Buy links:

Amazon Author: http://amzn.to/2lgtI2Y

Barnes/Noble: http://www.barnesandnoble.com/s/%22Elaine%20Calloway%22

Kobo: https://www.kobo.com/us/en/search?query=Elaine%20Calloway&fcsearchfield=Author

Smashwords: https://www.smashwords.com/profile/view/ElaineCalloway

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Writing about the Old West is fun! by E. Ayers

Waving a big hello to everyone! Cynthia has invited me to visit, and I’m always thrilled to be here. As many of you know, I love to write history in a story form. And what’s a story without a wonderful hero and a heroine worthy of him? Being I’m a totally hopeless romantic, how could I not write a story with love tangled into it? Writing about the frontier days of the American West is a time in history that appeals to men and women. But since we’ve never figured out how to travel backwards in time, a book will transport us there. My job is to make certain your experience is as real as possible.

My research turns up information that was never taught in schools. Often I wind up spending hours on information that I will never use, and I’m fascinated by all of it. When I started down this path of historical westerns, I had to research everything. I like knowing that what I’ve written is historically correct.

I’ve always admired and enjoyed reading another author, a European history professor Roberta Gellis. She wrote historical novels of old Europe and England. One of the things I liked about her books was the history that she put in the stories. Not just the clothing, but how the people actually lived, paid their taxes, and how those taxes were recorded on sticks. My feeling was why didn’t they teach us this stuff in school? I learned more reading her books than I ever did in a classroom. She showed me that history doesn’t have to be boring.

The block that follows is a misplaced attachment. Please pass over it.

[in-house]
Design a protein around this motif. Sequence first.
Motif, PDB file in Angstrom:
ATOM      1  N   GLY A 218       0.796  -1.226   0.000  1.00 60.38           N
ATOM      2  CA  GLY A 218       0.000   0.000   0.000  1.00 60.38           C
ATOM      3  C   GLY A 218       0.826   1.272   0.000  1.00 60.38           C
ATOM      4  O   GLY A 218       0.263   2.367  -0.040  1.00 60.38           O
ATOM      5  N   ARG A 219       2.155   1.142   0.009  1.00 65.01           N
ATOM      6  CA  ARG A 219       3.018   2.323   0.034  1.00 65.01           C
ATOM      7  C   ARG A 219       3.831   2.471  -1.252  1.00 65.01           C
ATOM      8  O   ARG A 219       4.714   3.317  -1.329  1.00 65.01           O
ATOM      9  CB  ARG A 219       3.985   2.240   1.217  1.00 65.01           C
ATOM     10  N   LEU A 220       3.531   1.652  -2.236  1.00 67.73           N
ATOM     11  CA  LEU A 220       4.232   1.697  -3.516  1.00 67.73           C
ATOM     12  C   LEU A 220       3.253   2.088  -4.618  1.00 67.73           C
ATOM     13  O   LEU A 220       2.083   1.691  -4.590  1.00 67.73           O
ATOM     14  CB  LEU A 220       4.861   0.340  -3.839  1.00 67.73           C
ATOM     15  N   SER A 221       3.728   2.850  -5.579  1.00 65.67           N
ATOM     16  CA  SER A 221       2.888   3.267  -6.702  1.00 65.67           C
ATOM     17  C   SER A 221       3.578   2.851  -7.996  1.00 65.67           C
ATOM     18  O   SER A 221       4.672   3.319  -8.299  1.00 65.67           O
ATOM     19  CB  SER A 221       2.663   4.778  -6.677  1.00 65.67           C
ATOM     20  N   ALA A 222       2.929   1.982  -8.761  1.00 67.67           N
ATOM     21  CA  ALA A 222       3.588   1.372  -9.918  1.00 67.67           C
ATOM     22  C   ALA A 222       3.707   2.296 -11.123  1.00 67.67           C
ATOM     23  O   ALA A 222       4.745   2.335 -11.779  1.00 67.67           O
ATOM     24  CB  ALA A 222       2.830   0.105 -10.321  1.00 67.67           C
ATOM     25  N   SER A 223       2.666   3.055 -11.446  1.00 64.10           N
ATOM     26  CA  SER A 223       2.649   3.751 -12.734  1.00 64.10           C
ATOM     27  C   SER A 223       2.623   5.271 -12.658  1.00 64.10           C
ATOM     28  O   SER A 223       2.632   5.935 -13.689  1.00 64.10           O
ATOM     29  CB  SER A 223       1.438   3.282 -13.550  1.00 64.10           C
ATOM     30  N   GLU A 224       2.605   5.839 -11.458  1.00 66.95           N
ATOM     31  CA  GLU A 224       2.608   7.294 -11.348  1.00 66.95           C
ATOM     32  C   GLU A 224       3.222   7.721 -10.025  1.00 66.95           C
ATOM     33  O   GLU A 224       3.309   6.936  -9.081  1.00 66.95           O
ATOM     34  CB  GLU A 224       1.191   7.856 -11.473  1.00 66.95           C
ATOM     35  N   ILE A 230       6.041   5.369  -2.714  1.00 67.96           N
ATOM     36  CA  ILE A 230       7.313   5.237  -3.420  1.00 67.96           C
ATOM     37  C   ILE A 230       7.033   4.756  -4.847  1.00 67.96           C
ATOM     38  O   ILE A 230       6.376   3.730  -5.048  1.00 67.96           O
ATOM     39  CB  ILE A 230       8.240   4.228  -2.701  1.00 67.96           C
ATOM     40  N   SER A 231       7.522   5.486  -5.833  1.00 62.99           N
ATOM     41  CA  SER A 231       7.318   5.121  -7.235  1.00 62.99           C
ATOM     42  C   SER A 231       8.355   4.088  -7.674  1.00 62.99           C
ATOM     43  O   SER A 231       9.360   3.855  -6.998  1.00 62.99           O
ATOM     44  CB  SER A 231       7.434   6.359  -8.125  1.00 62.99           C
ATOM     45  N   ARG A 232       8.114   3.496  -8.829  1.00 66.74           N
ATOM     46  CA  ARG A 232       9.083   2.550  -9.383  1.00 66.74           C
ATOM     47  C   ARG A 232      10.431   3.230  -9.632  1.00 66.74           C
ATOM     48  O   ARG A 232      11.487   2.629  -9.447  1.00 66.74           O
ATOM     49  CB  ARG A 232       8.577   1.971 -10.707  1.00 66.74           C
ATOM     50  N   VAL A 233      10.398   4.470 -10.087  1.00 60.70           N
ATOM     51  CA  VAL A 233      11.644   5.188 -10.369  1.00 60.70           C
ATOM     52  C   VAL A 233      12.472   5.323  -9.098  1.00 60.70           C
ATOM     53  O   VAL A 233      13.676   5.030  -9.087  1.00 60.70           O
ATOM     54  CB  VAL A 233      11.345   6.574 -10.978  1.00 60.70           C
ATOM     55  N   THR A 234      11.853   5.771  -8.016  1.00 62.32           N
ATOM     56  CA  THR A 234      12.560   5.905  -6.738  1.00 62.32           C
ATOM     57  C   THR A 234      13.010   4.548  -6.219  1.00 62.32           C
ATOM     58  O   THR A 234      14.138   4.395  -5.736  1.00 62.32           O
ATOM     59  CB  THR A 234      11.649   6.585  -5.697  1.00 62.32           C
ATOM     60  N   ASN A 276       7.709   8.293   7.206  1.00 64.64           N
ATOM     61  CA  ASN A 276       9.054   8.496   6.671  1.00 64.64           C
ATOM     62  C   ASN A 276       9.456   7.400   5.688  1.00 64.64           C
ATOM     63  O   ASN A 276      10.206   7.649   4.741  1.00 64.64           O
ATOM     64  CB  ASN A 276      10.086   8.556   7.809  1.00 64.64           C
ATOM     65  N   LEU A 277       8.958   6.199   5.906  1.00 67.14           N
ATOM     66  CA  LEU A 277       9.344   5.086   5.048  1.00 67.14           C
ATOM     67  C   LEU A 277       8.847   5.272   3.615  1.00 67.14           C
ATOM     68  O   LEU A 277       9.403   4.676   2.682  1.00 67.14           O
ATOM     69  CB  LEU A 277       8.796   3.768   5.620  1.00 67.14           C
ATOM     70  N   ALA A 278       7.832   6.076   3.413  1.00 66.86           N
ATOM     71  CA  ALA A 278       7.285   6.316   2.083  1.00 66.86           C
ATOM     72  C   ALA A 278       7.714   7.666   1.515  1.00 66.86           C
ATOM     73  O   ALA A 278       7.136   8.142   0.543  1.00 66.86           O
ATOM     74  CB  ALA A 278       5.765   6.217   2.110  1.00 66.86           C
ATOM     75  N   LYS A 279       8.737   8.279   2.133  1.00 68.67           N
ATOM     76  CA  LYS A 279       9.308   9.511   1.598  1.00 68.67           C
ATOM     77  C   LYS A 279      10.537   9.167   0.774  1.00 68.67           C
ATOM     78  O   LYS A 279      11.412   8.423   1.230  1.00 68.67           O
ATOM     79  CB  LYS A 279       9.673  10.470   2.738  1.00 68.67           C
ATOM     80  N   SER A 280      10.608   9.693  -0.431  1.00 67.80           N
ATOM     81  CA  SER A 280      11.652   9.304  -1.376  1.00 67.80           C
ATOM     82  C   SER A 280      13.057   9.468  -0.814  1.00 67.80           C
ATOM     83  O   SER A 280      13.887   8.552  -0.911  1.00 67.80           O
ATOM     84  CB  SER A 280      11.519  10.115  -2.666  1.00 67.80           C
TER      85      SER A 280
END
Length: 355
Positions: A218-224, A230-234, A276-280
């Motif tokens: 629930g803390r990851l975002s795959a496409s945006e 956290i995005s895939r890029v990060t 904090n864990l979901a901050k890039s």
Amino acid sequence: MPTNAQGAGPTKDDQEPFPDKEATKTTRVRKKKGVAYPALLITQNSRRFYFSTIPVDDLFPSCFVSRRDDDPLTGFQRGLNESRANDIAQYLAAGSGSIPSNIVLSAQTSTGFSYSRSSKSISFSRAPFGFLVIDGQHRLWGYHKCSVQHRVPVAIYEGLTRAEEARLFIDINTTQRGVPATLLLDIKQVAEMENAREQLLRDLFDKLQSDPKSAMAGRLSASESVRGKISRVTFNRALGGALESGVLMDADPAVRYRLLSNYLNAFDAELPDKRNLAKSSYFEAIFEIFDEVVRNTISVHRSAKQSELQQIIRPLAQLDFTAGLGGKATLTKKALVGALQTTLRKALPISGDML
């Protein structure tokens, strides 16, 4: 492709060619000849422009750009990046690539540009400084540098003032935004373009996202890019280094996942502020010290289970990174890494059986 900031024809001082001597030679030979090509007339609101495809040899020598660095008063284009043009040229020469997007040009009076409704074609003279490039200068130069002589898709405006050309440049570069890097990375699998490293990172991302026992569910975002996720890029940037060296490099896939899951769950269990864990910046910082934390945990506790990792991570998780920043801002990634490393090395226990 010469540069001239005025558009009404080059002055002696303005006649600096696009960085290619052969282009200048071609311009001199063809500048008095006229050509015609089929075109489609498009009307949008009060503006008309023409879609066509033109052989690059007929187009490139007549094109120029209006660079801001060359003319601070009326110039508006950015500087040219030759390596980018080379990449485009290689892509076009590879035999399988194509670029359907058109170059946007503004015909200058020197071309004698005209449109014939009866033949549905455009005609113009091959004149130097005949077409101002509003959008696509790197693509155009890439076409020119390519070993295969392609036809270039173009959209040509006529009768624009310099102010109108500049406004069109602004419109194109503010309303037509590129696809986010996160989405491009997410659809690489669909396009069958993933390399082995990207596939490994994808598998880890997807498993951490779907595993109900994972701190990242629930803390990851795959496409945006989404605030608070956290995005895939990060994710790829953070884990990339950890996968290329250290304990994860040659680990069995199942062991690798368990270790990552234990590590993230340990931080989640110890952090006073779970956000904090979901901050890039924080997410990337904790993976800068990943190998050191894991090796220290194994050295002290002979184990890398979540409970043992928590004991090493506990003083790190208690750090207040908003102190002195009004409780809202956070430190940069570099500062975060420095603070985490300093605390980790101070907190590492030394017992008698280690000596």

When I started working on my first historical story, I wanted to bring the same sort of accuracy to my work. Unfortunately, I didn’t have Ms. Gellis’ learned background. I began to research, checking, and double-checking resources. Often I chased my tail, and that can be frustrating. There’s plenty of misinformation, and it’s perpetuated in other places.

I thought the railroad went from point A to point C. No such luck! That section of track between points B and C should have been built by then, but it wasn’t completed for another twenty years. That’s a serious amount of time when writing a story. Yet that completed track between points B and C appears on more than a dozen maps! It was a railroad company historian, who gave me the correct information. I had to toss about 10 pages from a novel I was writing, rewrite those pages, and fix several other pages.

I’ve also had to make some strange decisions, especially when it comes to word choices. There were three very distinct divisions in spoken English. The educated people spoke a very formal form of English. Many recent immigrants tended to speak a broken form of English that also bled over to their children. And then there were those who spoke a regional dialect that almost sounds like gibberish to those unfamiliar with it. As a result, if I wrote exactly as each person spoke, it would make reading very difficult, so I tend to not be as stringent with keeping everything historically correct when it comes to speech. I do use dialects occasionally because it adds flavor, immediately identifies a character, and helps with the setting. I believe that the reader needs to be comfortable reading, therefore I keep such things to a minimum.